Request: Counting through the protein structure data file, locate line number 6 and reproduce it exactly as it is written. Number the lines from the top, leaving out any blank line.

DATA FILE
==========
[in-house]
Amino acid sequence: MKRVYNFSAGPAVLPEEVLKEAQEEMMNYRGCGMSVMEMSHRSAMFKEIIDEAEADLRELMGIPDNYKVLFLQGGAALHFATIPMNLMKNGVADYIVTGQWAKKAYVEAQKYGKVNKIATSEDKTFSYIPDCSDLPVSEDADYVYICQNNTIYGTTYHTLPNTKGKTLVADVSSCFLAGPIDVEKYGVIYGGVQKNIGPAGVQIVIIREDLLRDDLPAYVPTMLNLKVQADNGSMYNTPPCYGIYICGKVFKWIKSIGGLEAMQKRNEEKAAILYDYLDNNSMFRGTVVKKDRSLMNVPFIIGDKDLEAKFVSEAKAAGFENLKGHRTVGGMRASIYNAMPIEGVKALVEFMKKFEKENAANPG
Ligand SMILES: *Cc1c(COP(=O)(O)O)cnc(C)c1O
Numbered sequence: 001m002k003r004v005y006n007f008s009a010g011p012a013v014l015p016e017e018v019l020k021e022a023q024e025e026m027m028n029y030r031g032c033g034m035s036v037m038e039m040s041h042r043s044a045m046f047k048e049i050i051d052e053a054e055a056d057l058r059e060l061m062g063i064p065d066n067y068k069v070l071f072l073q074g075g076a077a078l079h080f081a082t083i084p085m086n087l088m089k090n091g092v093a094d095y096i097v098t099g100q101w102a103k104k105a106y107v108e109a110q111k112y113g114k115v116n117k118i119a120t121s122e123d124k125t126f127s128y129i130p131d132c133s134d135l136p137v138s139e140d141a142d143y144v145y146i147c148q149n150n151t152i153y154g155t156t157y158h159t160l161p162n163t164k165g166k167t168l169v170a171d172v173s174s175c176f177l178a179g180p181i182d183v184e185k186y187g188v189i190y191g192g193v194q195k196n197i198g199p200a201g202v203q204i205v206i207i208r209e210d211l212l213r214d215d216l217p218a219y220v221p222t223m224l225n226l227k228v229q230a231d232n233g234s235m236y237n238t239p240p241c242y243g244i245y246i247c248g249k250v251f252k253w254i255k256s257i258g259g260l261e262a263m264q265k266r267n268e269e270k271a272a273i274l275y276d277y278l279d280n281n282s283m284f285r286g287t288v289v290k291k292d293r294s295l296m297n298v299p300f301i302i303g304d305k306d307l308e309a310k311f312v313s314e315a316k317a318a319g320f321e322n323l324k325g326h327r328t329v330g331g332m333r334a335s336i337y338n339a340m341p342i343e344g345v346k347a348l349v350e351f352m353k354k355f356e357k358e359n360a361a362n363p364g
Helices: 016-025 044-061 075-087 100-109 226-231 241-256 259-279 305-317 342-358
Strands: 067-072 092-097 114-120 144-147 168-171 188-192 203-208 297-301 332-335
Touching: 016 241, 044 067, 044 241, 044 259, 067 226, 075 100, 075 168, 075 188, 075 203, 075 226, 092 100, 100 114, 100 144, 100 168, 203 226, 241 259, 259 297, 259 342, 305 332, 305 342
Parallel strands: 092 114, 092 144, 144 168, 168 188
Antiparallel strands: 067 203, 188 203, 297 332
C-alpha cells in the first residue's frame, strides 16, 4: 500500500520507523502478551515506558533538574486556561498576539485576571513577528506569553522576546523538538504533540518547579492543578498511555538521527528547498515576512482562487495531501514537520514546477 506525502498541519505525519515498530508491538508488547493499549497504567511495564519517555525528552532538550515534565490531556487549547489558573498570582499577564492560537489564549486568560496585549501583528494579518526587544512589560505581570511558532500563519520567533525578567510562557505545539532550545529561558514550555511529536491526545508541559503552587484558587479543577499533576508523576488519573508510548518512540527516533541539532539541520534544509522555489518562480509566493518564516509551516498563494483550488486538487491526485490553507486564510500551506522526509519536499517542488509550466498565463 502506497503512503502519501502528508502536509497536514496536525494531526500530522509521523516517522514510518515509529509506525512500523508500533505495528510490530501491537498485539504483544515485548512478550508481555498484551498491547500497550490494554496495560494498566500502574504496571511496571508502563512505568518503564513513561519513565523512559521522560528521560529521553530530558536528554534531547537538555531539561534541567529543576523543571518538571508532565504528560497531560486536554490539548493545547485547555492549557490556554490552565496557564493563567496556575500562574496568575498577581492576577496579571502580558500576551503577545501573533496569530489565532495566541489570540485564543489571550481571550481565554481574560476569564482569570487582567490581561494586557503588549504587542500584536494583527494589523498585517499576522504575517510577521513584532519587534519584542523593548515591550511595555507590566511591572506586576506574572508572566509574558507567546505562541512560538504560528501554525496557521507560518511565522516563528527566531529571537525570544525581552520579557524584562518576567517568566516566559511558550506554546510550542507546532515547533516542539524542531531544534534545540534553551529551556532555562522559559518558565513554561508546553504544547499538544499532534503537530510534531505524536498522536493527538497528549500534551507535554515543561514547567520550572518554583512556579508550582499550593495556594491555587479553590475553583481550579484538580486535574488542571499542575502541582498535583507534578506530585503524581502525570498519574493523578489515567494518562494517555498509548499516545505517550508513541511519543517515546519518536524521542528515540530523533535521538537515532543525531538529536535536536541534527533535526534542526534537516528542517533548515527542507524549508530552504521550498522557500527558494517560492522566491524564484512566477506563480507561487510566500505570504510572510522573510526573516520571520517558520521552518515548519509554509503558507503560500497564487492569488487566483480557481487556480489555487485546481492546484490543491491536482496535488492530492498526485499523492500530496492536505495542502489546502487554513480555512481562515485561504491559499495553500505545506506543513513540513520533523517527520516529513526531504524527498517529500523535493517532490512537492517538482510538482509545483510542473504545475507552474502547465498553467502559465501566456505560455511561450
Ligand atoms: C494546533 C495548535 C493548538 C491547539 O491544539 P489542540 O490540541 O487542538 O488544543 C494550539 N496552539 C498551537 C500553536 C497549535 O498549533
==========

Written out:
Strands: 067-072 092-097 114-120 144-147 168-171 188-192 203-208 297-301 332-335